This trip was the best.
Eric and I have taken a lot of pretty spectacular trips over the years, so I can’t say for certain that this was the absolute best one of all time (I mean, we did roadtrip across America a few years ago, and drive up and down California last spring, so the competition is pretty fierce). But it definitely ranks near the top of the list.
Since we live too far away from our families to visit for Thanksgiving, we’ve started a little tradition of traveling somewhere not too far away for a mini-Ringer-vacation. Last year, we went camping in the Redwoods of California. This year, we went to the Wallowa Mountains.
For those of you who have never heard of the Wallowas (you aren’t alone, I assure you), they are a mountain range in northeastern Oregon, about 5 1/2 hours from Portland. The range has at least 17 peaks over 9,000 feet tall, which is why people call it “Little Switzerland” or “Oregon’s Alps.” It’s as spectacular as it sounds. And I’m ready to move there now.
The drive out there was pretty long and not too exciting, but we tried to spice it up with stops in Pendleton for lunch at The Prodigal Son and a visit to the Pendleton Woolen Mills, where I just stood and swooned over all the blankets. Oh, the blankets.
We pulled into Joseph a little before sunset, so we headed to Wallowa Lake to check out the view. My goodness. That water. We visited the lake a handful of times during our trip, but this was the only time the water was still enough to see the beautiful reflections. Give me this view every day.
We stayed at the Bronze Antler Bed & Breakfast during our visit to Joseph, and it was the best. Mountain views, delicious breakfasts, cozy rooms, and board games! And the hosts, Bill and Heather, have a library full of books on the area, along with tons of recommendations of places to go, things to do, and foods to eat. Even though I did a bunch of research before we headed to the mountains, I’m not sure we could have done anything without them. I really can’t say enough good things about our stay there. Plus, the B&B is just on the edge of town, so you can walk to the lake, the stores, and all the restaurants in town. (The town is small and precious, and essentially everything is on one street. Perfection.)
On Thanksgiving, we went down to the lake to watch the sunrise before heading out for a morning bike ride around the area. We did the 19-mile Hurricane-Dobbin Route, and it basically rocked our world. Since the area’s population is so small, we only encountered a handful of cars along the route, and were free to stop and take pictures whenever we felt the need. And trust me, you will feel the need to photograph everything when you’re cycling through farms and ranches with mountain views.
The next morning, we headed out for a hike in the rain on the Hurricane Creek Trail (NW parking pass required, plus fill out a free wilderness permit at the trailhead). It was gorgeous. The trail runs along the creek, which is full of waterfalls, through the woods, and into a meadow with views of surrounding mountains. We didn’t get the best views in the meadow because it was raining so hard, but it was still pretty spectacular.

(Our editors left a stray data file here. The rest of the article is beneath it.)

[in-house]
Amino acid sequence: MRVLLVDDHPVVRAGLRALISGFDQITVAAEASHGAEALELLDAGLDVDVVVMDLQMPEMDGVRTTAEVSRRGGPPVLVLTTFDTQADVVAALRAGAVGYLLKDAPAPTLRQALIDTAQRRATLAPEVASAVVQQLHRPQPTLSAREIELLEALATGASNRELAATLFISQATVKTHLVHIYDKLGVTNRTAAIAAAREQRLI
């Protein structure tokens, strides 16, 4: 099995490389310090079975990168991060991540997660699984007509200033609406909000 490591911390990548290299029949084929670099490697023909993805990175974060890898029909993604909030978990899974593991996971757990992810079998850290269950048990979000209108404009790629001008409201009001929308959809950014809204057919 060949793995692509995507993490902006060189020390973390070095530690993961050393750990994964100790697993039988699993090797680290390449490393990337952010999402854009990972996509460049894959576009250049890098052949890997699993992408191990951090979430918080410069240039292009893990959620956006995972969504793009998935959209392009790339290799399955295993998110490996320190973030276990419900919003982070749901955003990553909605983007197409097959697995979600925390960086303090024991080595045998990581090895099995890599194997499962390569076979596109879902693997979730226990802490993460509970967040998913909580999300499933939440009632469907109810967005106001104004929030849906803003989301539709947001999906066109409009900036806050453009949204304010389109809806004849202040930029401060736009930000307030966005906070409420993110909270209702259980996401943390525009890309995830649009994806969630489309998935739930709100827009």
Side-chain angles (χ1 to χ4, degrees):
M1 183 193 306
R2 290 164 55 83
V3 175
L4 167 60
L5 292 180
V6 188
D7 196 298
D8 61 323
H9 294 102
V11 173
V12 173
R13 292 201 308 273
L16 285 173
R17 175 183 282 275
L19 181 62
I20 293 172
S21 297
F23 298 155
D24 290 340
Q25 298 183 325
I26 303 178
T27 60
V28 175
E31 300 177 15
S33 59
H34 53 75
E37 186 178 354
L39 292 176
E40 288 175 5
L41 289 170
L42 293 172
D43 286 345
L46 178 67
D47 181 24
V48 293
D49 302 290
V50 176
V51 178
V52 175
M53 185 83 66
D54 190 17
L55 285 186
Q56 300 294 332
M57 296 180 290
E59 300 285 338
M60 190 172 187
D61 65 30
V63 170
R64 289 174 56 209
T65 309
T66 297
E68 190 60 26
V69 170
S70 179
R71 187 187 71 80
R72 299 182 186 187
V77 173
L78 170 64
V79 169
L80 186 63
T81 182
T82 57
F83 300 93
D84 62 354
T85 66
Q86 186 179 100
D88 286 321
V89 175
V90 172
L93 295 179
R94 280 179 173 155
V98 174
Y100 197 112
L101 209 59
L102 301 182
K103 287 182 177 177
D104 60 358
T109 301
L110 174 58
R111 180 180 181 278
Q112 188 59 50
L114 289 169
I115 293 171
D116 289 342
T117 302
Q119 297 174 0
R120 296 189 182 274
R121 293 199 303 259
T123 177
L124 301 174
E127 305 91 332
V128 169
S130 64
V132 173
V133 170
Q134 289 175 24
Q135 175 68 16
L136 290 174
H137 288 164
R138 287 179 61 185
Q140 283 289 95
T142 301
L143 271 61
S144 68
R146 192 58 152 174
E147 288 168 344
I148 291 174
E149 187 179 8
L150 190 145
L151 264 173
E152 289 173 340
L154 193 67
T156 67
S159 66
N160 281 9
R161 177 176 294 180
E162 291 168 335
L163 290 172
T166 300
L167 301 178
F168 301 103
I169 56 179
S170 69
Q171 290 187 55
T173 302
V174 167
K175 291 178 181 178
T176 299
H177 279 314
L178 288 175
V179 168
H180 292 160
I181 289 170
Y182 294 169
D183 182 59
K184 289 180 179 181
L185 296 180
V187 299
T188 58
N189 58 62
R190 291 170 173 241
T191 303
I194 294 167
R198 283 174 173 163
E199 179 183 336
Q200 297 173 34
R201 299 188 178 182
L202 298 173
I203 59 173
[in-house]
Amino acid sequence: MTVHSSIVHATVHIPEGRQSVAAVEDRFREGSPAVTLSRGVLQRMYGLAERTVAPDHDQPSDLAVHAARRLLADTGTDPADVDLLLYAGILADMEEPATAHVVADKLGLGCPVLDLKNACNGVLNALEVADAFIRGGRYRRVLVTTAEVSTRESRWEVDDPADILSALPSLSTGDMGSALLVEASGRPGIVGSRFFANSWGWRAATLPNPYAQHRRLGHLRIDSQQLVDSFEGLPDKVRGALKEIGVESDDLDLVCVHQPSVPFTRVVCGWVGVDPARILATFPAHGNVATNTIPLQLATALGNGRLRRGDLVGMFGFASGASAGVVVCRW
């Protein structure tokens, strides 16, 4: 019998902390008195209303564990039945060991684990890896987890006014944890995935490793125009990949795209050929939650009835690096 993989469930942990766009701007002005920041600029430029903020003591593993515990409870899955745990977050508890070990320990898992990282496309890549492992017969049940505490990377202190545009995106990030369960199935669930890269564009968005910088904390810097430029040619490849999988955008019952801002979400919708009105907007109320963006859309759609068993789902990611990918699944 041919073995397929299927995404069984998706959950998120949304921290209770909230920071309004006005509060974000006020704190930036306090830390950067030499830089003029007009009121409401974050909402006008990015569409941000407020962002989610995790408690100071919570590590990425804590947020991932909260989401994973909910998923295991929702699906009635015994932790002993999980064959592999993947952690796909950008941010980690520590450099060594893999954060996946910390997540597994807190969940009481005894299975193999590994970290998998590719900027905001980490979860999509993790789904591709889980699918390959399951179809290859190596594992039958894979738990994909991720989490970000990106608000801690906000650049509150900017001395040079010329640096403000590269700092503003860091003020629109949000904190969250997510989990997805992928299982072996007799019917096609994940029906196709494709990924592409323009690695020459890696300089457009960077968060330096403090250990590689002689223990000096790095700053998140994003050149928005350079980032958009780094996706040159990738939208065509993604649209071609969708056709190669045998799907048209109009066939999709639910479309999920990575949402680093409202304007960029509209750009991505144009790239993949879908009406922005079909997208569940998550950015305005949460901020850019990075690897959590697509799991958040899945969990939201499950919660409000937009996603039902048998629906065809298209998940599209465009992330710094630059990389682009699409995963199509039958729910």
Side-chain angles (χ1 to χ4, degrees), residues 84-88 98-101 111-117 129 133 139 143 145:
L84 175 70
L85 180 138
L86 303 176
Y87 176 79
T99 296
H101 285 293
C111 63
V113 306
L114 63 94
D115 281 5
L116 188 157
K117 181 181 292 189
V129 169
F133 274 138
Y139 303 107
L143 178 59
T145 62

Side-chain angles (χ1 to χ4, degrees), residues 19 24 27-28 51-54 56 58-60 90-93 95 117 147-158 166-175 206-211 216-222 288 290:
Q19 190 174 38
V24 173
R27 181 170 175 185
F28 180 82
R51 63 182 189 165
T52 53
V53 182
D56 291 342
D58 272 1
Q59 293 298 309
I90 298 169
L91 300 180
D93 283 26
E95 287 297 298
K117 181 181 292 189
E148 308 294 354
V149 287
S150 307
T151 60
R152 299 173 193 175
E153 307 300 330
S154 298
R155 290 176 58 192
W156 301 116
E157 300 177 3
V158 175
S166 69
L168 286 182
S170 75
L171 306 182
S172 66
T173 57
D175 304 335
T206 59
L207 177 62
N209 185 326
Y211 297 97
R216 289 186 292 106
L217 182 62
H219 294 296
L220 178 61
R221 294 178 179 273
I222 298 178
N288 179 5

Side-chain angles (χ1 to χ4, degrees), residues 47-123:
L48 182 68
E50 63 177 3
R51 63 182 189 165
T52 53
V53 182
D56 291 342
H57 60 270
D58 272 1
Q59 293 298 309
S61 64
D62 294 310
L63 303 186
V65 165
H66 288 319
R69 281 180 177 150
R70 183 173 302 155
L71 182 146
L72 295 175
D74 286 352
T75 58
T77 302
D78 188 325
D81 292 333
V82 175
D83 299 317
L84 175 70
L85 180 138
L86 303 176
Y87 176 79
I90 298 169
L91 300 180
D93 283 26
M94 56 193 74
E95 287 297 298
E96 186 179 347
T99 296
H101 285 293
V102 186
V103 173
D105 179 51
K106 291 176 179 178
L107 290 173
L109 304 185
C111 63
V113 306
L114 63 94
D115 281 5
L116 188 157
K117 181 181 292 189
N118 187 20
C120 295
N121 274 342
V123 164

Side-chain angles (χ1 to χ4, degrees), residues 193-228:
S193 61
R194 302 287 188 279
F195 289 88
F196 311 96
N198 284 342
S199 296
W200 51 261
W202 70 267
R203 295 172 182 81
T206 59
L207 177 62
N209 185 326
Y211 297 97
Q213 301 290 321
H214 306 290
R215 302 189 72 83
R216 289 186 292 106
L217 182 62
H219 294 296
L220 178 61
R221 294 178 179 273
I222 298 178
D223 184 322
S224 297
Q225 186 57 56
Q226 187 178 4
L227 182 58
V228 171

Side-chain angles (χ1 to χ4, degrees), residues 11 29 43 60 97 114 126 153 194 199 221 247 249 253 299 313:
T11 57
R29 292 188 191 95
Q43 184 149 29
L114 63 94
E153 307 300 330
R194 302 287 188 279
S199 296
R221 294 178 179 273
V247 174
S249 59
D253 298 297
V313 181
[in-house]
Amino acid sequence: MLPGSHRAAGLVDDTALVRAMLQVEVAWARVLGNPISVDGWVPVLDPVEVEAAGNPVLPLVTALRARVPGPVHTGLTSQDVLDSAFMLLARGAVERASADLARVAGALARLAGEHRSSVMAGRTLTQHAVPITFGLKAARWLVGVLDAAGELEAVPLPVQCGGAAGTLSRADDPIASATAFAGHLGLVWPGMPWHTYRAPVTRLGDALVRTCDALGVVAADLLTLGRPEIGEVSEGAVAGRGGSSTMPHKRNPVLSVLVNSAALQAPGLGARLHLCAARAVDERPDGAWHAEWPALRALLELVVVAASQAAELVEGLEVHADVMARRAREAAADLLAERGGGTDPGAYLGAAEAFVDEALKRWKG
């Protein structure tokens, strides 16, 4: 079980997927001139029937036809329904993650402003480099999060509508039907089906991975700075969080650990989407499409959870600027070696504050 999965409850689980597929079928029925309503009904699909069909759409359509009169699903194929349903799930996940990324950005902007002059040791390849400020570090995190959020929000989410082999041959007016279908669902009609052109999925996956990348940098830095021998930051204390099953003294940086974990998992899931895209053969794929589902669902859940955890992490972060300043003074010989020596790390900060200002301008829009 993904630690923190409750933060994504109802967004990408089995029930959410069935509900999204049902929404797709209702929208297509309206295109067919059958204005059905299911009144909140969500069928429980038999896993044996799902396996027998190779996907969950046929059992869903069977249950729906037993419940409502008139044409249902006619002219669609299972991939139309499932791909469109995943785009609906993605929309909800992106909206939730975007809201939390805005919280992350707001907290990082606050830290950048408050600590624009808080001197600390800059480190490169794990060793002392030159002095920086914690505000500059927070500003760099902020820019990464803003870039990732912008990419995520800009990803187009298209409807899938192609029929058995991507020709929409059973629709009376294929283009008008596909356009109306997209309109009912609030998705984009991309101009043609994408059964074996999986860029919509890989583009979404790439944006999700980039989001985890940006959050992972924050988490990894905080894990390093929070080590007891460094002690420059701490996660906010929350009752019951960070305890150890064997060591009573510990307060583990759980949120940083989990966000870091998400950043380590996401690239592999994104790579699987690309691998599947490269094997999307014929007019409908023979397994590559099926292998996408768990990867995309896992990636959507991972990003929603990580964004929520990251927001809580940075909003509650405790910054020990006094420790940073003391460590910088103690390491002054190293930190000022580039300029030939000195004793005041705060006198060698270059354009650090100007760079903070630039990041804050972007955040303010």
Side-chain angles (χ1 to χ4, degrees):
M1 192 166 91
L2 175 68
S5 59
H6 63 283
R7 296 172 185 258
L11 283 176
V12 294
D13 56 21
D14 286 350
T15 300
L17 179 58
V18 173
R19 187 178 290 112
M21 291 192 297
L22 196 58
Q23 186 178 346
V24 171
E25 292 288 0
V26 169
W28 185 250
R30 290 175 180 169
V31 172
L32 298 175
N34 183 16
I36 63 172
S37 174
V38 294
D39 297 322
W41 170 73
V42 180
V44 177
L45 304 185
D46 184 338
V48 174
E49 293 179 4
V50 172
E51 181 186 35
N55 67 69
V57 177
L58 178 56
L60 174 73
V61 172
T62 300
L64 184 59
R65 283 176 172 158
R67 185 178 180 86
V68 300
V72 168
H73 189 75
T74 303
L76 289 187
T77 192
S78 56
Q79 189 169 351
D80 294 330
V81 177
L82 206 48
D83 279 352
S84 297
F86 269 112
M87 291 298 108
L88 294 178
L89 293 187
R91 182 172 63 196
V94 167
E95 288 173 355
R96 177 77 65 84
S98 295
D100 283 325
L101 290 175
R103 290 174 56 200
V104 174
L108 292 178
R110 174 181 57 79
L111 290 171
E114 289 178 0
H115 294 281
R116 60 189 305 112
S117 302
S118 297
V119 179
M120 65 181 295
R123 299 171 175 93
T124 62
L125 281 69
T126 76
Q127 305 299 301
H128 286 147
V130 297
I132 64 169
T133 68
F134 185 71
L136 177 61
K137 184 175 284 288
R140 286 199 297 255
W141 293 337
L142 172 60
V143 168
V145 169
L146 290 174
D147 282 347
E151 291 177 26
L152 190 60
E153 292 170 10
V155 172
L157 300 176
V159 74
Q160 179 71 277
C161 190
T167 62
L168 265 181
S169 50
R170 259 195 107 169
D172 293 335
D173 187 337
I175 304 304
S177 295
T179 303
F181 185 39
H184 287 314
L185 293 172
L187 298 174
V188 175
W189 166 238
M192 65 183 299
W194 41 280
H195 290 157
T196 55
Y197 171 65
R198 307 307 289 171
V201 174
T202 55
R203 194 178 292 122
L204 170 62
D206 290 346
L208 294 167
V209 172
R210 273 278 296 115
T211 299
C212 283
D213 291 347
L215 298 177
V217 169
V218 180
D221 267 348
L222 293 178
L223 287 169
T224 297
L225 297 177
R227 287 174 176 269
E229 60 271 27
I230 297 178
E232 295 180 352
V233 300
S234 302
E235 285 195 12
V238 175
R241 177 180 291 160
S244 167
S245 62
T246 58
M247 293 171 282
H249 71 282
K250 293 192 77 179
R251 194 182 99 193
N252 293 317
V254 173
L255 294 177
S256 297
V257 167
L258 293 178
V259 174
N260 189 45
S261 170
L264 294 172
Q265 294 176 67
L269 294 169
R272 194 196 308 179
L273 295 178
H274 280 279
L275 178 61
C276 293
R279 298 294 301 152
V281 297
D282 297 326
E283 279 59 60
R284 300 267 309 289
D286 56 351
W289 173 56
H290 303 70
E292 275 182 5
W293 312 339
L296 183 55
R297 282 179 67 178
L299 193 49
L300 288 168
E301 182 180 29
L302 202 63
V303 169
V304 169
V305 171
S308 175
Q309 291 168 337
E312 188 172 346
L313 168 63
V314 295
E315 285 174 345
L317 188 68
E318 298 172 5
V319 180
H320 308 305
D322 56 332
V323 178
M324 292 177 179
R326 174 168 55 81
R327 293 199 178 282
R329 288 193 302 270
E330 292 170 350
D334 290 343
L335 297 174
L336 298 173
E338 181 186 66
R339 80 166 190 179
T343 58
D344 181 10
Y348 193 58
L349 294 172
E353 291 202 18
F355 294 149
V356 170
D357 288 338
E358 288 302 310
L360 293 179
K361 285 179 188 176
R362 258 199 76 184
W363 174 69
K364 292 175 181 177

We crossed smaller creeks several times along the trail, but this was the most impressive one. And while we were admiring this waterfall, the rain turned into snow. It was magical. We turned around pretty soon after this waterfall, which we think was somewhere between 3 and 4 miles into the hike.
And the next day, all the rain turned to snow! We woke up to a fresh layer of powder, which basically begged me to go for a morning jog. I ran down the street from the B&B to the Iwetemlaykin State Heritage Site, which has some running trails. I didn’t get much of a workout since I was stopping to take photos every 30 seconds, but it was beautiful. Snow is my favorite.
That afternoon, we headed out to the Wallowa Lake Trailhead (fill out a free wilderness permit at the trailhead) for a hike in the snow. We hiked up a portion of the Chief Joseph Trail, which was a beautiful, snow-filled adventure with (what else?) great views.
And what’s the best way to end a cold, snowy hike? Coffee and artisan chocolates at Arrowhead Chocolates, of course! It’s a family-owned shop with super friendly and helpful employees who will tell you all about all the varieties of chocolates. We settled in for some good snow and people watching, and enjoyed every last bite of these chocolates. My recommendations: the espresso and tiramisu truffles, both in dark chocolate. Swoon.
That evening, we bundled up to join the rest of the town to watch the Jingle Thru Joseph Parade, which was adorable, but freezing (the windchill was around 14 degrees), before warming up with a delicious meal at Mutiny Brewing (our second visit of the trip). So good.
It was around 1 degree when we woke up on our last morning in Joseph, and we had to head down to the lake for one last look. Did I mention that I’m ready to move to Joseph? We’re already plotting a summer visit for a backpacking trip. And maybe building a mountain cabin…